The desire that many Pakistanis have for a more open and liberal society, and the local leaders and businesses that are making it possible, are our best bet for stability and security in the region. Social change, economic growth, political maturity — these are things that crowd out groups like the Taliban and make their rhetoric fall flat. But these things have no formulas and Americans have the least ability to understand or control them — no matter how many policies are pronounced in Washington or billions of dollars poured into Islamabad.
More importantly, progress in Pakistan — strengthening economic growth, governance and liberal values — takes years to realize but only a few American airstrikes or Taliban bombings to destroy. American mistakes in the region have been aggravating public sentiments for years and fueled fundamentalism in the mainstream. In the 1990s, none of my aunts wore burkas. Now, they all do. And Taliban bombings in the cities are leading to a flight of people with means, usually the most progressive and educated, and capital. As we learned from our support for the mujahedeen in the 1980s, the secondary effects of U.S. policy are the most damning.
How do we harness and support positive trends in Pakistan? If Washington can put good people to work on that question, who will also factor in the limits of American understanding and ground capabilities in Pakistan, they will come to a better question: How can we protect the progress that Pakistanis have already made?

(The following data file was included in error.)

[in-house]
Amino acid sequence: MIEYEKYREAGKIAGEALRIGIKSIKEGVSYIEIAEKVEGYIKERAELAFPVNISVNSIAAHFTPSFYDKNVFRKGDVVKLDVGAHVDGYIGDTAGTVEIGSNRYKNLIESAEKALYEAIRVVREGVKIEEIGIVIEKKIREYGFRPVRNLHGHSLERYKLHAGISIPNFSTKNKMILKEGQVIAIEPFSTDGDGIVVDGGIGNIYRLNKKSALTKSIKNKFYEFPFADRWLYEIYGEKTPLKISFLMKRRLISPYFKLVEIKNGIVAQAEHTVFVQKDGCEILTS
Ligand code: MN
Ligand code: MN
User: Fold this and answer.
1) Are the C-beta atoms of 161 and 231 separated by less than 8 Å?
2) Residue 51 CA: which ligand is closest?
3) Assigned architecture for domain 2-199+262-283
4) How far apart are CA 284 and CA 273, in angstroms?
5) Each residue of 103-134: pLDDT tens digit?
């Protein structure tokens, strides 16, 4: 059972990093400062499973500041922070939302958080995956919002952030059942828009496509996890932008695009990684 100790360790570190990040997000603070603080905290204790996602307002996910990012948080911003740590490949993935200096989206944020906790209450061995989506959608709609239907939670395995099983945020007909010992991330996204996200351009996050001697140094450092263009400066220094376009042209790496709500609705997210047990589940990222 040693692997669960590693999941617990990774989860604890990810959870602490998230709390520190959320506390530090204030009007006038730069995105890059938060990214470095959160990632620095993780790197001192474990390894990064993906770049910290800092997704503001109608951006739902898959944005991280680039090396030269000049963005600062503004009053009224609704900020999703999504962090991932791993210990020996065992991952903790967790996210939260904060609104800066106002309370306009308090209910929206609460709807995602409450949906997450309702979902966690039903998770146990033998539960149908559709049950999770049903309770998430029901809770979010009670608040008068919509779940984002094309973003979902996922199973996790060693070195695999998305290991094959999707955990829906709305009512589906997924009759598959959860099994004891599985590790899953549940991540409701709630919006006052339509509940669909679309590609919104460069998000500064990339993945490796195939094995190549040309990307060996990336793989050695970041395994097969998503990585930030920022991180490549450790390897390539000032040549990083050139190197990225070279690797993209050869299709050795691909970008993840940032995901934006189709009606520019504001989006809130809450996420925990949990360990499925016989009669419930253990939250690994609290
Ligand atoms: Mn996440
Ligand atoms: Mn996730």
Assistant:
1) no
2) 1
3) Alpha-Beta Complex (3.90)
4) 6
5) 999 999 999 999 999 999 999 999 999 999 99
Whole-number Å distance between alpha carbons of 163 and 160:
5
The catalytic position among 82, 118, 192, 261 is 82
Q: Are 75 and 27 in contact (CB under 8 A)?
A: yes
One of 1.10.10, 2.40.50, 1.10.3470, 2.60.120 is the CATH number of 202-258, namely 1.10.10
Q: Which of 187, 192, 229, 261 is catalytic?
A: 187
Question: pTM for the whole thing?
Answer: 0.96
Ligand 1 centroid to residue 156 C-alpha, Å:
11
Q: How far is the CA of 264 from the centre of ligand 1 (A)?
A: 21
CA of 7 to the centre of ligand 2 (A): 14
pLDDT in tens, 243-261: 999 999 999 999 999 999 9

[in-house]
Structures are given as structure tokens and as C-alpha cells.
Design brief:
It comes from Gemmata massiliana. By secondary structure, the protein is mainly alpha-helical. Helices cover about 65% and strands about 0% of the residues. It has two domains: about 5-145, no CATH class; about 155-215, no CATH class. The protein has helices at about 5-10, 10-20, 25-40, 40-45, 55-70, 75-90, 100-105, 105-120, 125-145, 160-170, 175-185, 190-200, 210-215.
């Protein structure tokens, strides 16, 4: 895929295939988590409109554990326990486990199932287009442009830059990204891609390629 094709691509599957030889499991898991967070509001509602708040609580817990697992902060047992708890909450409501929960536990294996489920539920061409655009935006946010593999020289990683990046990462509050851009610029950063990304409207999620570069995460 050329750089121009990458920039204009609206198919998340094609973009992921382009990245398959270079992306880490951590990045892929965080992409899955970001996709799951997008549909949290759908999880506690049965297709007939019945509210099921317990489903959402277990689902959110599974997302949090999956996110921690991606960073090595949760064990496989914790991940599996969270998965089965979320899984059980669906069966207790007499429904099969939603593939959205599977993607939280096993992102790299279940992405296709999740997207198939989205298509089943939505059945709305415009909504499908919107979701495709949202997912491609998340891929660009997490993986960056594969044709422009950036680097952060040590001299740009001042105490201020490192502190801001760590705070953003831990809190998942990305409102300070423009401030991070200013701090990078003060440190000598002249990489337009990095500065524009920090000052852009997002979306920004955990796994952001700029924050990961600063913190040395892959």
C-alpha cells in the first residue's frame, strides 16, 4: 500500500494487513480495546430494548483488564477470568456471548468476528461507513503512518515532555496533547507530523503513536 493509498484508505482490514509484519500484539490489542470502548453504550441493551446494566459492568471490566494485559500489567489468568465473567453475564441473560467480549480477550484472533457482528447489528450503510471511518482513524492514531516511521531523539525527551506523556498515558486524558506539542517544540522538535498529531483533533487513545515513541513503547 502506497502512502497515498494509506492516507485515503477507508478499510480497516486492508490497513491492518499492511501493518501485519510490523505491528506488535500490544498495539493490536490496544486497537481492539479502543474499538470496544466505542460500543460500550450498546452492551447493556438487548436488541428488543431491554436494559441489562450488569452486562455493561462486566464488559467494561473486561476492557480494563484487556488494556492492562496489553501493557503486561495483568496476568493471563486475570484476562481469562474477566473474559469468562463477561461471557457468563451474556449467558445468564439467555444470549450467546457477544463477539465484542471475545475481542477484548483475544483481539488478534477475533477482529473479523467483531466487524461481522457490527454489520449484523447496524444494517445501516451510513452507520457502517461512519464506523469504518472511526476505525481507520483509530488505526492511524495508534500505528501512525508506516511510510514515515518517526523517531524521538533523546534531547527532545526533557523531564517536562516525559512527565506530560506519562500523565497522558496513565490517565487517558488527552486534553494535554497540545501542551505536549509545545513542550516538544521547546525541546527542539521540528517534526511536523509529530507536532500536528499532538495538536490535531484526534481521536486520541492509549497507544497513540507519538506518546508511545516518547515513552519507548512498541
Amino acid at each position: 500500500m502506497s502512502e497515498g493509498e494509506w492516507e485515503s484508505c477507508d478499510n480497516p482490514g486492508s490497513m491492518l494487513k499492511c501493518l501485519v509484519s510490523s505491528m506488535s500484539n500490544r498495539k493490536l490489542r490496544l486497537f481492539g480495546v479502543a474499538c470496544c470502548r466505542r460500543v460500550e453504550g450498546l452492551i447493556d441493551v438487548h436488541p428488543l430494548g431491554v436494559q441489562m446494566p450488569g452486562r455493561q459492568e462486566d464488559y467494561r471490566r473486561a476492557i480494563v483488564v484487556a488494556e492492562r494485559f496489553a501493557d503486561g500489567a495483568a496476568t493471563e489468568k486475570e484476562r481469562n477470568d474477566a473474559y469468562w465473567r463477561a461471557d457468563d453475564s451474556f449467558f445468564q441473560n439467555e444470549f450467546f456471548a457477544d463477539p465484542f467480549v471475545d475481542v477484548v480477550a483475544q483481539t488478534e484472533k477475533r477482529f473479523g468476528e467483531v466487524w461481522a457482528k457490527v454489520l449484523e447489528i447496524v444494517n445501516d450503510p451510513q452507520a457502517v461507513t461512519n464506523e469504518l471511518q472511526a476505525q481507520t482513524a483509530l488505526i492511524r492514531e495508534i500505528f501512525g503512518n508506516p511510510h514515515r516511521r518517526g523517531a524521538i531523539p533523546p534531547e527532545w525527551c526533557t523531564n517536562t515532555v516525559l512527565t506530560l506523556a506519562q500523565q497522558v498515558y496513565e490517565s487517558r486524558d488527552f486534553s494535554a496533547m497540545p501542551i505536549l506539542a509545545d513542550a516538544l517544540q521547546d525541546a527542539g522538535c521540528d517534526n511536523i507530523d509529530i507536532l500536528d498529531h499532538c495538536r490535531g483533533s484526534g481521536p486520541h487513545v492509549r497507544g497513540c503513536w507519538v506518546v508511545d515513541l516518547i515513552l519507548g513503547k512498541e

Instead of fixing “Af-Pak,” the best thing America can do for the region is stop it from getting more fouled up than it already is.
So my answer to the question “what do we Americans do?” is to first understand what we have done already: U.S. war policies are inadvertently undermining the social and economic progress that Pakistanis have made over the years.
We need to accept the limits of our capabilities and understanding of realities on the ground. Unlike Iraq and Afghanistan, where the United States and other countries have a huge presence, few Americans travel to Pakistan and U.S. officials are extremely restricted in their movements.
Finally, we need realistic objectives, which will end up looking more like damage control than the magic bullet against the Taliban that everyone is looking for.
Pakistan is a different story from Afghanistan — it is far more developed and modern. Afghans may not have the ability to lead themselves out of this mess, but Pakistanis do. After all, Pakistanis are the ones who suffer the most when their cities are bombed and their soldiers killed. If the United States continues to distort the situation through aggressive policy demands, then we are only reinforcing anti-Americanism and the breakdown of Pakistani institutions. What’s worse, if U.S. attention remains fixated on narrow measures of military success, Pakistan will become collateral damage of the Afghan war.